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What other aircraft do you think the BBMF should be able to operate?

Discussion in 'Everything Else Heritage' started by martin1656, Jul 8, 2018.

  1. Robin

    Robin Member

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    Yes, XR220 which came tantalisingly close to flying. From the RAF Museum's accession records:

    "The TSR-2 project was cancelled by Harold Wilson’s Labour Government. XR220 had been intended to fly that morning, with Jimmy Dell as the pilot; this was delayed by the need to replace a faulty fuel pump discovered during pre-flight engine checks that morning. That afternoon the TSR-2 project was infamously cancelled in the budget speech and all work suspended before the aircraft could fly, despite Dell’s attempts to return to the airfield after lunch to fly the aircraft having heard the cancellation announcement on TV. The aircraft was already impounded when he got there."

    https://web.archive.org/web/2009041.../aircraft_histories/84-A-1171 TSR-2 XR220.pdf
     
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  2. big.stu

    big.stu Member

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    No - it's a complete airframe, but as stated earlier, the only one that flew was destroyed.
     
  3. DisusedBranch

    DisusedBranch Active Member

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    I thought the Fleet Air Arm museum had an airworthy Swordfish? It certainly always used to.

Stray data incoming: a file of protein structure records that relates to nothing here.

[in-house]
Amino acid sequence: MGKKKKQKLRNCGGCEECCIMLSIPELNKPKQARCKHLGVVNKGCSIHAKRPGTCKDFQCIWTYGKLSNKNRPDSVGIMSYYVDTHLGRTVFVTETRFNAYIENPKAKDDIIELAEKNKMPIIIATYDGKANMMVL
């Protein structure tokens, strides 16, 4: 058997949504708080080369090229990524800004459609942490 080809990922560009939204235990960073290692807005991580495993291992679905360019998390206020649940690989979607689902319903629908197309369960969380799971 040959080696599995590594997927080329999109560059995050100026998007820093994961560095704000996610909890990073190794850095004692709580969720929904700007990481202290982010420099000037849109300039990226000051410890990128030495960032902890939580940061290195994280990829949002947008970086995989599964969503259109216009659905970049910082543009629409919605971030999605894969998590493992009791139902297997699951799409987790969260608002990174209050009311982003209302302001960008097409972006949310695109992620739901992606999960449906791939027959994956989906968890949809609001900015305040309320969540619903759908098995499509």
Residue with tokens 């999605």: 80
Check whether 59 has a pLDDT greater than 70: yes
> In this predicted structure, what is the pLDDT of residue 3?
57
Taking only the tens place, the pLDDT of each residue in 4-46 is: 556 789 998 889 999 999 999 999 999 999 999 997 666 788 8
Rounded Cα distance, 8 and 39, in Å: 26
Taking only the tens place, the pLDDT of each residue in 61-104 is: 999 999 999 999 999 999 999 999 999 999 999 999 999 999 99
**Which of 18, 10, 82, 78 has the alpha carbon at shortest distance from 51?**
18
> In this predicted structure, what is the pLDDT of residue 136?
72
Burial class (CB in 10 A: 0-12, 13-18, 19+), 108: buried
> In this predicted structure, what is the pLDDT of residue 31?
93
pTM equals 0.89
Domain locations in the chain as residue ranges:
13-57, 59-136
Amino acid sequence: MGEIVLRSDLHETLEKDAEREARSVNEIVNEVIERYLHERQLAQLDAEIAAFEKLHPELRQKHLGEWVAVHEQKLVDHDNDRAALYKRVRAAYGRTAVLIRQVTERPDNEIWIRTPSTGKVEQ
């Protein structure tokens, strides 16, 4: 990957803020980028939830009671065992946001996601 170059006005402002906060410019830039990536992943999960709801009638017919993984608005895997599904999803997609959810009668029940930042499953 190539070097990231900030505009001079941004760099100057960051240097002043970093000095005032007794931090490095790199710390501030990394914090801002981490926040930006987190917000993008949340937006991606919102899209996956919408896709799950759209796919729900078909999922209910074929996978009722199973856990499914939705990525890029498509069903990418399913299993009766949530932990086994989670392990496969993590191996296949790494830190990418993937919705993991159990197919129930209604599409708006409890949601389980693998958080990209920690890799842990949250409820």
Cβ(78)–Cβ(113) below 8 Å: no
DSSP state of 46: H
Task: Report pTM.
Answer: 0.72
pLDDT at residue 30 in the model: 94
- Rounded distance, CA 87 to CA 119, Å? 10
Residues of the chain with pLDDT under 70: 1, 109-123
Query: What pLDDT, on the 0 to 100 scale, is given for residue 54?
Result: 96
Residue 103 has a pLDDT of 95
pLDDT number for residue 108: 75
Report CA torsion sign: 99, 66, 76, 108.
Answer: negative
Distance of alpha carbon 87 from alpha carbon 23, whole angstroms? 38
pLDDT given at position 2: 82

For me the ultimate dream would be to see a Tempest V landing at Newchurch. Sadly I suspect that, even if one were airworthy, the high voltage pylons across the site might just stymie that one...

    Around the turn of the century seeing a Hurricane beating up Woodchurch ALG and a P47 Thunderbolt land on the adjacent private strip (the first time since the war) was emotional enough, seeing a Tempest landing and taking off from Newchurch would just about finish me off.
     
  4. The Saggin' Dragon

    The Saggin' Dragon Nat Pres stalwart Staff Member Moderator

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    It does, with at least one other potentially airworthy.
    The is a Mk V and at least one Mk II under restoration in the UK.
    https://en.wikipedia.org/wiki/Hawker_Tempest#Surviving_aircraft
     
  5. Matt37401

    Matt37401 Resident of Nat Pres

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    But isn't there one at Duxford too? I thought one of them flew? Or am I just confused?